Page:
After the Bhagavad Gita and Yoga Sutras, the most fundamental text of Yoga is the Hatha Yoga Pradipika, written by Swami Swatamarama, that in great detail lists all the main asanas, pranayama, mudra and bandha that are familiar to today's yoga student. It runs in the line of Hindu yoga (to distinguish from Buddhist and Jain yoga) and is dedicated to Lord Adinath, a name for Lord Shiva (the Hindu god of destruction), who is alleged to have imparted the secret of Hatha Yoga to his divine consort Parvati. It is common for yogins and tantriks of several disciplines to dedicate their practices to a deity under the Hindu ishta-devata concept (see Patanjali's Yoga Sutras) while always striving to achieve beyond that: Brahman. Hindu philosophy in the Vedanta and Yoga streams, as the reader will remember, views only one thing as being ultimately real: Satchidananda Atman, the Existence-Consciousness-Blissful Self. Very Upanishadic in its notions, worship of Gods is a secondary means of focus on the higher being, a conduit to realization of the Divine Ground. Hatha Yoga follows in that vein and thus successfully transcends being particularly grounded in any one religion.

Hatha is a Sanskrit word meaning 'sun' (ha) and 'moon' (tha), representing opposing energies: hot and cold, male and female, positive and negative, similar but not completely analogous to yin and yang. Hatha yoga attempts to balance mind and body via physical exercises, or "asanas", controlled breathing, and the calming of the mind through relaxation and meditation. Asanas teach poise, balance & strength and were originally (and still) practiced to improve the body's physical health and clear the mind in preparation for meditation in the pursuit of enlightenment. "Asana" means "immovable", i.e. static, and often confused with the dynamic 108 natya karanas described in Natya Shastra and, along with the elements of Bhakti Yoga, is embodied in the contemporary form of Bharatanatyam.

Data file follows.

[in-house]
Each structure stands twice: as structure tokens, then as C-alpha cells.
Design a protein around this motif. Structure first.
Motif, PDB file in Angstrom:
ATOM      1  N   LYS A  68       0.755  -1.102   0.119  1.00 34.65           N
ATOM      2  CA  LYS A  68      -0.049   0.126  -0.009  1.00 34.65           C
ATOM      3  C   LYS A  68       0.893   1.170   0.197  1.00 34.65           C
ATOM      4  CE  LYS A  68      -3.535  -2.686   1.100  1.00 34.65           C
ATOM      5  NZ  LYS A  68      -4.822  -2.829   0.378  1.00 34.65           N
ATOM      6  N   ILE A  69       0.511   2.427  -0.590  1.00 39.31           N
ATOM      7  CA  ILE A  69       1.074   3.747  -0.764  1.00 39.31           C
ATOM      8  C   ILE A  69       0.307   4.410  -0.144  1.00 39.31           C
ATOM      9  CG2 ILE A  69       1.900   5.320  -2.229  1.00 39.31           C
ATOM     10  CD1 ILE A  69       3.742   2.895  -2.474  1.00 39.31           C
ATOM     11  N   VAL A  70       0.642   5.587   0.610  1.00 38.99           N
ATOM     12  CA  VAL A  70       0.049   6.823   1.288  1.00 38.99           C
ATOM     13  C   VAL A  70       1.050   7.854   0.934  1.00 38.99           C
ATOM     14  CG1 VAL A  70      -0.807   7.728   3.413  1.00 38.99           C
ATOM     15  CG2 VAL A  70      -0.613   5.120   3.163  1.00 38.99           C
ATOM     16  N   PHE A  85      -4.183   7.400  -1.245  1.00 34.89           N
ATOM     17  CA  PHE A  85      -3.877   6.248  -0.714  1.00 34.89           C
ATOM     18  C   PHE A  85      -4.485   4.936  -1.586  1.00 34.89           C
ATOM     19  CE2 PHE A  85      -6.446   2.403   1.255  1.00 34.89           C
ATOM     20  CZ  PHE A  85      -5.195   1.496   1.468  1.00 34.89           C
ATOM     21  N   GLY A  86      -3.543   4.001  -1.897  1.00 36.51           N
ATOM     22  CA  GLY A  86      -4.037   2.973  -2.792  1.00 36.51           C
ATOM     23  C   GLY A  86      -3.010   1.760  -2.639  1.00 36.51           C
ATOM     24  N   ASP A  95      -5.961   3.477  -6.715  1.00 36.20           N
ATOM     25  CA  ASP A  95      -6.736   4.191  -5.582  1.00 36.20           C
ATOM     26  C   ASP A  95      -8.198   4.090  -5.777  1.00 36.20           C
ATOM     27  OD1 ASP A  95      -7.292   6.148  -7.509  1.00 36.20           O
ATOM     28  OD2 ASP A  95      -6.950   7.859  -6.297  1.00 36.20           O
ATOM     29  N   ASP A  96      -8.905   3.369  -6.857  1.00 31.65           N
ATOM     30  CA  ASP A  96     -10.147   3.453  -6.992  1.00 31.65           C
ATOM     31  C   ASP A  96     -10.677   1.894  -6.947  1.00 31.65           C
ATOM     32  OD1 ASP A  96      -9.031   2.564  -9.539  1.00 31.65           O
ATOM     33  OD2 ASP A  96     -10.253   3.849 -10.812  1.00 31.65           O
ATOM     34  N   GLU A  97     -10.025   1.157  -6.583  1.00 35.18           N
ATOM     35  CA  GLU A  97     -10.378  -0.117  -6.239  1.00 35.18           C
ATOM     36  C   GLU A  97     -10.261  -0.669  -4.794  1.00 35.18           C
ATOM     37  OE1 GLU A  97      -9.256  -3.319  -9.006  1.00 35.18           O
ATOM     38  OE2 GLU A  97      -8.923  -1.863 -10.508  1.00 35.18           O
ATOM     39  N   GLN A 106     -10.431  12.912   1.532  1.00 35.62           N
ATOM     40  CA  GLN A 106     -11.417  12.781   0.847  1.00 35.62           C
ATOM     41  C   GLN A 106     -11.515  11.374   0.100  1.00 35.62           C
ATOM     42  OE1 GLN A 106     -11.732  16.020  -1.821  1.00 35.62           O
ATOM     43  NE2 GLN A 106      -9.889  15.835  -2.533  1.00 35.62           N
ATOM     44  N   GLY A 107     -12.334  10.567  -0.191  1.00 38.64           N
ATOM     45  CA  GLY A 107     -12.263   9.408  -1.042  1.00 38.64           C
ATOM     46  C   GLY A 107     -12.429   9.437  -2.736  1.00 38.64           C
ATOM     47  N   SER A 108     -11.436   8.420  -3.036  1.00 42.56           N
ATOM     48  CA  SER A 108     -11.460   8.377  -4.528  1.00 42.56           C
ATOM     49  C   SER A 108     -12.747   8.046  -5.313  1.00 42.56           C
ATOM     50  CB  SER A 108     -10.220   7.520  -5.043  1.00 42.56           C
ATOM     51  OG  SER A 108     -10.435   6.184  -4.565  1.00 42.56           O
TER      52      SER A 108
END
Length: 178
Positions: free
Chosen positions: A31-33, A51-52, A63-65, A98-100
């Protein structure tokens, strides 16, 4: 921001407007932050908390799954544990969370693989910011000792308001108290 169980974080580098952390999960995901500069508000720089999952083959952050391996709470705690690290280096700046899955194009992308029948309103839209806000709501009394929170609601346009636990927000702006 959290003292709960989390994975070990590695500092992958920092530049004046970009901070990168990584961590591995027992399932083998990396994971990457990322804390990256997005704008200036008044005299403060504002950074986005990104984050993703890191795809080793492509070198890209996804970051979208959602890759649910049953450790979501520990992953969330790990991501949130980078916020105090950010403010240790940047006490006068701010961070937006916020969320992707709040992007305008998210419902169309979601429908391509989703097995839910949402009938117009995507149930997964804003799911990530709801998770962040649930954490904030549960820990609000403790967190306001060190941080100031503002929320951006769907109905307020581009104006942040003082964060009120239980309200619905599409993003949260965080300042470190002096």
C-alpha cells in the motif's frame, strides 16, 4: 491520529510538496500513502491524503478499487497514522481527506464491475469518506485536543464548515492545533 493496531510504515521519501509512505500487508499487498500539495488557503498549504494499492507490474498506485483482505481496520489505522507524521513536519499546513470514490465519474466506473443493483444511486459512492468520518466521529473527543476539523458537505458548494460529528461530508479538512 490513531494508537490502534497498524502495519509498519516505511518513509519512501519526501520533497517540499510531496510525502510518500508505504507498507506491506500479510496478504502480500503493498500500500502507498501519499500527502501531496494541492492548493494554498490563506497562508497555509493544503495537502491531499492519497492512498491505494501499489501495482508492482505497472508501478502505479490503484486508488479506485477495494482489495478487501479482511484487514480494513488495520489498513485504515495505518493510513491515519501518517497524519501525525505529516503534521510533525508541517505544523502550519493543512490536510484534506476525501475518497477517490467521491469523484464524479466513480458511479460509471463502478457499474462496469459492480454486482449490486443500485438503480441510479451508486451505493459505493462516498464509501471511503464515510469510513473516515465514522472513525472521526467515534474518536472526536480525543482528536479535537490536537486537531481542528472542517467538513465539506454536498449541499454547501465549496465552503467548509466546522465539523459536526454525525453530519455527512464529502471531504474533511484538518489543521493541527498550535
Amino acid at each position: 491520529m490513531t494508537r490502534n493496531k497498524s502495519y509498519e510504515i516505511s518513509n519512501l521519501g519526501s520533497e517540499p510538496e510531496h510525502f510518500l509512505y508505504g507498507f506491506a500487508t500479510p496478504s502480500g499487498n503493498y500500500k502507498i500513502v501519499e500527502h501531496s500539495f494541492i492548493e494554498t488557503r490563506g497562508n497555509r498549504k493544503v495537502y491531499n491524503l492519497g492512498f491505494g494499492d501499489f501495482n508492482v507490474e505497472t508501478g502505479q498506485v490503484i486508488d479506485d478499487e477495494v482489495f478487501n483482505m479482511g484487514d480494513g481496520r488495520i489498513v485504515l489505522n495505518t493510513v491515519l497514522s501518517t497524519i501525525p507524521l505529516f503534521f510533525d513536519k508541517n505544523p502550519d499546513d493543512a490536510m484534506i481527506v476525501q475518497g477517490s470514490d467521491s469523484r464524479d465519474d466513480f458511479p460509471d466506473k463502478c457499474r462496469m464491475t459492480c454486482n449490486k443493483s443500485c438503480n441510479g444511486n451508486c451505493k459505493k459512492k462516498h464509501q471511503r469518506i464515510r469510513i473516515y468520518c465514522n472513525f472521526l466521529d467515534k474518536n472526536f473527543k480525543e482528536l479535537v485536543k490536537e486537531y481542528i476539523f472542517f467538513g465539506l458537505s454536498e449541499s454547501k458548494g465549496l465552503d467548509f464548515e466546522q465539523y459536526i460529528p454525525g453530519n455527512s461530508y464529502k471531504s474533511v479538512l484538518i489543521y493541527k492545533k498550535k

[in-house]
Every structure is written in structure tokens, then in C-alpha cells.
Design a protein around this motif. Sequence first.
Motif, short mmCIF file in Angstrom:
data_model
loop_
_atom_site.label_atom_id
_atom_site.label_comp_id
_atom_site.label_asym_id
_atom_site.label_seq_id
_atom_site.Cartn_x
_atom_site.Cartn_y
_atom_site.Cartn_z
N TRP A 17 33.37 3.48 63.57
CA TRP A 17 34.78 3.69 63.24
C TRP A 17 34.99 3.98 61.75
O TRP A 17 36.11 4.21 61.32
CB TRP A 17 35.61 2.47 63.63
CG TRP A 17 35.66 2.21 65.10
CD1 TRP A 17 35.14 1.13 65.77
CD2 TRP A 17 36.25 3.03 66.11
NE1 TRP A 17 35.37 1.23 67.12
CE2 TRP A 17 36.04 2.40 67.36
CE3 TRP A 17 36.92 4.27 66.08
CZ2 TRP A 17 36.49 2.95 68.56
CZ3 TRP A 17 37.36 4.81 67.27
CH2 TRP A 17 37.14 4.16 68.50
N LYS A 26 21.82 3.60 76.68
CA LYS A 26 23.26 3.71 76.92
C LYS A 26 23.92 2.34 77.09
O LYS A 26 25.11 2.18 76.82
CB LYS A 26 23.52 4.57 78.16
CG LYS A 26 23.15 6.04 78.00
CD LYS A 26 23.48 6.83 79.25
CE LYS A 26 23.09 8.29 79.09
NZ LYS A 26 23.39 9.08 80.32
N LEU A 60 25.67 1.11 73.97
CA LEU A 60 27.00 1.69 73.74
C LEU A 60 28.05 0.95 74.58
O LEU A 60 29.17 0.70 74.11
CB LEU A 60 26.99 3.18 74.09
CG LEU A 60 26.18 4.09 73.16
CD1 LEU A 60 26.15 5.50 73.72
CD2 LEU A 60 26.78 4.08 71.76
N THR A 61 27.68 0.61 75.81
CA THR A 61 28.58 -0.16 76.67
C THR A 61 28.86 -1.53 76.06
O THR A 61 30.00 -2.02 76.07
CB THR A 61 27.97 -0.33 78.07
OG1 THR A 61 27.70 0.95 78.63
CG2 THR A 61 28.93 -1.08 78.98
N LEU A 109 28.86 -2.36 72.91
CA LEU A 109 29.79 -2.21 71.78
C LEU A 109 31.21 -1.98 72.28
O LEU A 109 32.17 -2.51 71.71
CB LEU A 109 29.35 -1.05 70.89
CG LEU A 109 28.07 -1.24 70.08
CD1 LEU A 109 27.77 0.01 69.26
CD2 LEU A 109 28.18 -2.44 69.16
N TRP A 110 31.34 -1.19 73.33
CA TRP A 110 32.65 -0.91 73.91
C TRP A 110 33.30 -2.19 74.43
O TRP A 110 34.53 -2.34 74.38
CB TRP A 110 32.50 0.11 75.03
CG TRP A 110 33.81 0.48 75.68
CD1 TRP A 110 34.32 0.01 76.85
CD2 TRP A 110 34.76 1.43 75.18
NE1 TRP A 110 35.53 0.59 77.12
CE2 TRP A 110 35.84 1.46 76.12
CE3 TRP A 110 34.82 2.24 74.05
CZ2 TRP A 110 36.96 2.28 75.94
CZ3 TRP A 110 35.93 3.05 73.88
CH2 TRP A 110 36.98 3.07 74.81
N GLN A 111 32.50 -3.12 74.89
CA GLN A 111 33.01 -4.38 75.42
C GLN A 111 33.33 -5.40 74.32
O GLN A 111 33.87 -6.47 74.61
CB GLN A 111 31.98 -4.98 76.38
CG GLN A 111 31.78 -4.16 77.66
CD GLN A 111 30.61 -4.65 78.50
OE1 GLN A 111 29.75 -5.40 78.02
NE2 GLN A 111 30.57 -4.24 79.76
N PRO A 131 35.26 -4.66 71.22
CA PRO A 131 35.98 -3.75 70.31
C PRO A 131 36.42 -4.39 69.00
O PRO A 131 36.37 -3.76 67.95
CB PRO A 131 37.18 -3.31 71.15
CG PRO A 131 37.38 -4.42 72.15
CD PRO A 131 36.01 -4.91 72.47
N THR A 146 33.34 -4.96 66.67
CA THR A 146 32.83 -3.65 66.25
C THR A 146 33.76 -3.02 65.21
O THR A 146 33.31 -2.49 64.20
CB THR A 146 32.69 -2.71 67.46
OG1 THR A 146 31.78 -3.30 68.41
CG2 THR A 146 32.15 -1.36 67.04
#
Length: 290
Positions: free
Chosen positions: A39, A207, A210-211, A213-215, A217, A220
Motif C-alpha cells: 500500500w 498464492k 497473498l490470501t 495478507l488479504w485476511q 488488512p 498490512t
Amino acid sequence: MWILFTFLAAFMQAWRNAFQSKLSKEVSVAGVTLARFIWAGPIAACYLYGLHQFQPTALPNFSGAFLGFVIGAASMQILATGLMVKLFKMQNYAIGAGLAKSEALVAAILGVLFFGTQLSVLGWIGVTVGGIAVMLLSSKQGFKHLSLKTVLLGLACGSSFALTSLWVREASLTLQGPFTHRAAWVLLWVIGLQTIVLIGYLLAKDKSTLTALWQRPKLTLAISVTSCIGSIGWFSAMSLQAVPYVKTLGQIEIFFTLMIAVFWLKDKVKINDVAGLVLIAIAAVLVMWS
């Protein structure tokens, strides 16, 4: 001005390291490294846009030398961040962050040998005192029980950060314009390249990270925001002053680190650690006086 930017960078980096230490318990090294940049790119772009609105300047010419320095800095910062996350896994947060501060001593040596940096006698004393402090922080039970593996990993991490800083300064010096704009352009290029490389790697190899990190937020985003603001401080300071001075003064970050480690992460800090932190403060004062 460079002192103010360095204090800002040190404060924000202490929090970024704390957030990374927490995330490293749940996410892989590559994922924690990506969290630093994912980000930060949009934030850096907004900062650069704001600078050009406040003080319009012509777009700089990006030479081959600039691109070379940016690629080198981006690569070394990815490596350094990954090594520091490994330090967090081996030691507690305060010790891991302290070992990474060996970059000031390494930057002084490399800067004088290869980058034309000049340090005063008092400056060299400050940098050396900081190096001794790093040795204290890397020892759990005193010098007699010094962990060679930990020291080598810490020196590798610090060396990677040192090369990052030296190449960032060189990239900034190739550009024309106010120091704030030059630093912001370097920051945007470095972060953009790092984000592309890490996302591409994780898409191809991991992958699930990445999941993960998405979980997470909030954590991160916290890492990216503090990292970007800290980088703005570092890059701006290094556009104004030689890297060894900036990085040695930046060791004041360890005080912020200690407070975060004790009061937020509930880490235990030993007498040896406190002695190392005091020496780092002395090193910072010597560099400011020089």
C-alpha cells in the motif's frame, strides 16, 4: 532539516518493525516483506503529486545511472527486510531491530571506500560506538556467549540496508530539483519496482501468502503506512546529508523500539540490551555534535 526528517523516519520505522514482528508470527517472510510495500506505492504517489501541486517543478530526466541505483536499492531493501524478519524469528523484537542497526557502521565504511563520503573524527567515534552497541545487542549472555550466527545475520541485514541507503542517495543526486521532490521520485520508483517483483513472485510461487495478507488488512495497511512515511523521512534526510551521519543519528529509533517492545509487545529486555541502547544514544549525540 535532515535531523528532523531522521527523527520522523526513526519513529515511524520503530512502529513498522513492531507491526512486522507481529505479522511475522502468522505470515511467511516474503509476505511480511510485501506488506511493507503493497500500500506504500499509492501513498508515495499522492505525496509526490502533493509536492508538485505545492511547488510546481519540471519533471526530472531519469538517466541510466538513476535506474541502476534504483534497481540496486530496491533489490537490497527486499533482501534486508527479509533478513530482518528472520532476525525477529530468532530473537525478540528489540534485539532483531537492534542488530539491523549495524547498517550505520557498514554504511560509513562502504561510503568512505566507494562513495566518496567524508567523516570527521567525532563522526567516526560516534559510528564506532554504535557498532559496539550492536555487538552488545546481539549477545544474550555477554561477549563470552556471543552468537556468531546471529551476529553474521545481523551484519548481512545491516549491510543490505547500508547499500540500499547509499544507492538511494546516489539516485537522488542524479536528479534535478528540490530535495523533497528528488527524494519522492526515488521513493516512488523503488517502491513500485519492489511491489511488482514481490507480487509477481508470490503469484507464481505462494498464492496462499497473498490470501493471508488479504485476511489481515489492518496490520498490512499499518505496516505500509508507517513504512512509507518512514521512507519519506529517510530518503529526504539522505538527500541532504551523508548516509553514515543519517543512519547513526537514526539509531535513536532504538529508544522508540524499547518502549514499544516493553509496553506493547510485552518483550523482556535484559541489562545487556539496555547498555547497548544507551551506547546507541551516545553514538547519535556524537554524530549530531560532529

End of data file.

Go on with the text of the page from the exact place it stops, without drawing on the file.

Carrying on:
By balancing two streams, often known as ida (mental) and pingala (bodily) currents, the sushumna nadi (current of the Self) is said to rise, opening various chakras (cosmic power points within the body, starting from the base of the spine and ending right above the head) until samadhi is attained. Ida and pingala are represented in the dynamism of natya yoga by lasya (female) and tandava (male) aspects, and bear direct reference to the Taoist dualism.

By forging a powerful depth of concentration and mastery of the body and mind, Hatha Yoga practices seek to still the mental waters and allow for apprehension of oneself as that which one always was, Brahman. Hatha Yoga is essentially a manual for scientifically taking one's body through stages of control to a point at which one-pointed focus on the unmanifested Brahman is possible: it is said to take its practicioner to the peaks of Raja Yoga.